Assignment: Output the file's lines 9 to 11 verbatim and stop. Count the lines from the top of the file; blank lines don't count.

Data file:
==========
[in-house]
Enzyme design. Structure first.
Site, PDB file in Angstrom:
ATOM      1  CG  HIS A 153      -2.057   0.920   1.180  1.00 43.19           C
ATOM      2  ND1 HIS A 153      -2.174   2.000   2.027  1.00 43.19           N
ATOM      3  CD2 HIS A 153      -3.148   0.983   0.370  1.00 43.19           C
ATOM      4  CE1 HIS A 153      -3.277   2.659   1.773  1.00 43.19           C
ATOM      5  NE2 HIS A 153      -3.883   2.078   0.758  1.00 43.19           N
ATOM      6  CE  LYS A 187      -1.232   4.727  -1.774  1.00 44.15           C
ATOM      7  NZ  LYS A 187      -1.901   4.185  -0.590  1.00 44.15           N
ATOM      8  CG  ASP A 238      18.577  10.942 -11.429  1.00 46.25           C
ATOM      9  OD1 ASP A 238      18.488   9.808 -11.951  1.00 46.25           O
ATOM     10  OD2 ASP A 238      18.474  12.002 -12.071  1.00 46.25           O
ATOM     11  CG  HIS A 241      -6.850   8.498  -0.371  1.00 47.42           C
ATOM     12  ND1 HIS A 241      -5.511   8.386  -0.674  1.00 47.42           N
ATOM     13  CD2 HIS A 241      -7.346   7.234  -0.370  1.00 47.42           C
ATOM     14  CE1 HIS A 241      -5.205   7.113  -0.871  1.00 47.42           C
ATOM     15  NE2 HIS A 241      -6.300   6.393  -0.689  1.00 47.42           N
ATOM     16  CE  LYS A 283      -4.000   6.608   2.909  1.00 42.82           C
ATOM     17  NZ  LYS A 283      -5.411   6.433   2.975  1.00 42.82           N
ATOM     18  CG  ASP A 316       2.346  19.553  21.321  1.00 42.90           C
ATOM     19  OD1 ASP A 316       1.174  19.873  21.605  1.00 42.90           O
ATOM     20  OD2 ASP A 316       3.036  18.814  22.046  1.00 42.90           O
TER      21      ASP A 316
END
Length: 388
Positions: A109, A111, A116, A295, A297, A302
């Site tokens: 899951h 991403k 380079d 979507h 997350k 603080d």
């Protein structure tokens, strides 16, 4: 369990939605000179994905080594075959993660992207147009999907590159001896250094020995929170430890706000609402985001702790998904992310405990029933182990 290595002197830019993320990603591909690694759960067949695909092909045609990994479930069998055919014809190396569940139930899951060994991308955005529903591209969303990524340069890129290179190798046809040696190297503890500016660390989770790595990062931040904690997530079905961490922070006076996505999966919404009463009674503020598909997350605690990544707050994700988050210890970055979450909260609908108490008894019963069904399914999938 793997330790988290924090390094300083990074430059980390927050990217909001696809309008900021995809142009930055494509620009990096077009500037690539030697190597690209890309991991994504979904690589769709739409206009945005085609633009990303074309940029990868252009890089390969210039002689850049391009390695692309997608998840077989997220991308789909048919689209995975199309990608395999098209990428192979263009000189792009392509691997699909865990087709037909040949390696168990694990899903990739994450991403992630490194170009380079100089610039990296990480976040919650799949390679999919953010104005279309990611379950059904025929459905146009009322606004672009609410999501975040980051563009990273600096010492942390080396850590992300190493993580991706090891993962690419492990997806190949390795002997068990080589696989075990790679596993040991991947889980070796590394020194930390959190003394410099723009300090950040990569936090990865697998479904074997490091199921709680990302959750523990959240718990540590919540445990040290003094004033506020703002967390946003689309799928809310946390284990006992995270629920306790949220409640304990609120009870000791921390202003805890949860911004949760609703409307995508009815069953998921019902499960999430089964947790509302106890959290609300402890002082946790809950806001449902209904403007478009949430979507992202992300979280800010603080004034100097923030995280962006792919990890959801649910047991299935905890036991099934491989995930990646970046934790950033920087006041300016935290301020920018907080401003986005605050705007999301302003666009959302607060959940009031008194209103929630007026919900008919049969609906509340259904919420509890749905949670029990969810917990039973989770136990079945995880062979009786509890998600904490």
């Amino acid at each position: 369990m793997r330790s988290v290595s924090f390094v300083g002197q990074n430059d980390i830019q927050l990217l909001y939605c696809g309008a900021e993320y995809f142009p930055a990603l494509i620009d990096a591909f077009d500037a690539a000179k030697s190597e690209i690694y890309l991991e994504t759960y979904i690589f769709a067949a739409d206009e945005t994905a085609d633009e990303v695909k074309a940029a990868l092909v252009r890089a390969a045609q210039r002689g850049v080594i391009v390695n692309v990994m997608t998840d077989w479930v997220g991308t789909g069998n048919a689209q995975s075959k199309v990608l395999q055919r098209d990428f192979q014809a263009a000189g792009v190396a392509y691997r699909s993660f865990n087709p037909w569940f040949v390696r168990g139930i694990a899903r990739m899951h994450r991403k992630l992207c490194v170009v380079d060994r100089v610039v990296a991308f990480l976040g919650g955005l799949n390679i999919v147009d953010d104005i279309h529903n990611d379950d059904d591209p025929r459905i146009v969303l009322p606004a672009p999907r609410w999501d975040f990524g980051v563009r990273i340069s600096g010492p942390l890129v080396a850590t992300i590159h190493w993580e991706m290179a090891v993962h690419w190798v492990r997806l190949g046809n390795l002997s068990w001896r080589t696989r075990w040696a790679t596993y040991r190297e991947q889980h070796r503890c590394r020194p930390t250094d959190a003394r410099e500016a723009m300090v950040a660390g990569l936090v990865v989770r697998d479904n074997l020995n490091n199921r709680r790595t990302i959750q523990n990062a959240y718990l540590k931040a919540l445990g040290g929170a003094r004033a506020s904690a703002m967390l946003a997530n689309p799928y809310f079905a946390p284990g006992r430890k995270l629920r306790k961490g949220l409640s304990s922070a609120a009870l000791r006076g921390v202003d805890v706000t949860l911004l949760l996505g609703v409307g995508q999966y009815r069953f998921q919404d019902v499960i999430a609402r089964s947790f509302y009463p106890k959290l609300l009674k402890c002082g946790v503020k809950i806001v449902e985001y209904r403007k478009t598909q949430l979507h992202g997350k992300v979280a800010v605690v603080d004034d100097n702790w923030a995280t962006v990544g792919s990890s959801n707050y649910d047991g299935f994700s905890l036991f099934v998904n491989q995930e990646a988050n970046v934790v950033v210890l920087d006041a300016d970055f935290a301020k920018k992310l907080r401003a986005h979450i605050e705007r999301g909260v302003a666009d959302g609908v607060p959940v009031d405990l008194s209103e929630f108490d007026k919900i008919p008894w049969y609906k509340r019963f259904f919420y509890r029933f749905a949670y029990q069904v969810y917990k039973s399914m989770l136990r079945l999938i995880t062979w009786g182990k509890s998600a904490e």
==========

ATOM      6  CE  LYS A 187      -1.232   4.727  -1.774  1.00 44.15           C
ATOM      7  NZ  LYS A 187      -1.901   4.185  -0.590  1.00 44.15           N
ATOM      8  CG  ASP A 238      18.577  10.942 -11.429  1.00 46.25           C